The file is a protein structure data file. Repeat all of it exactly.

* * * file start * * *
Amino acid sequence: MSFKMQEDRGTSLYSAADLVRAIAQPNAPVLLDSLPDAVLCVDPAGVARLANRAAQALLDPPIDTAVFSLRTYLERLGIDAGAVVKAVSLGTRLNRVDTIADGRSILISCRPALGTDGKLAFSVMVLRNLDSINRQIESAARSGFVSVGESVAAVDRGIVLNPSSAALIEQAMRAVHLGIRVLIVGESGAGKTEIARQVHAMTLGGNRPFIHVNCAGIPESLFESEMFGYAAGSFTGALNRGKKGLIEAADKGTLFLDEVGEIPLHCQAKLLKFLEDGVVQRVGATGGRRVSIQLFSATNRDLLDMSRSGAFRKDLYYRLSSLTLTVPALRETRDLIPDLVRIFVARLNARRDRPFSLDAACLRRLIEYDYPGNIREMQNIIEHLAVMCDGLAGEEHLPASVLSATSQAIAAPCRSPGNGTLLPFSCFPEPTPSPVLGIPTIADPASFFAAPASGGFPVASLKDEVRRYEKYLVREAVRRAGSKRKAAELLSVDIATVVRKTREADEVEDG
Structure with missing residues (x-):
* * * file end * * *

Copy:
Amino acid sequence: MSFKMQEDRGTSLYSAADLVRAIAQPNAPVLLDSLPDAVLCVDPAGVARLANRAAQALLDPPIDTAVFSLRTYLERLGIDAGAVVKAVSLGTRLNRVDTIADGRSILISCRPALGTDGKLAFSVMVLRNLDSINRQIESAARSGFVSVGESVAAVDRGIVLNPSSAALIEQAMRAVHLGIRVLIVGESGAGKTEIARQVHAMTLGGNRPFIHVNCAGIPESLFESEMFGYAAGSFTGALNRGKKGLIEAADKGTLFLDEVGEIPLHCQAKLLKFLEDGVVQRVGATGGRRVSIQLFSATNRDLLDMSRSGAFRKDLYYRLSSLTLTVPALRETRDLIPDLVRIFVARLNARRDRPFSLDAACLRRLIEYDYPGNIREMQNIIEHLAVMCDGLAGEEHLPASVLSATSQAIAAPCRSPGNGTLLPFSCFPEPTPSPVLGIPTIADPASFFAAPASGGFPVASLKDEVRRYEKYLVREAVRRAGSKRKAAELLSVDIATVVRKTREADEVEDG
Structure with missing residues (x-):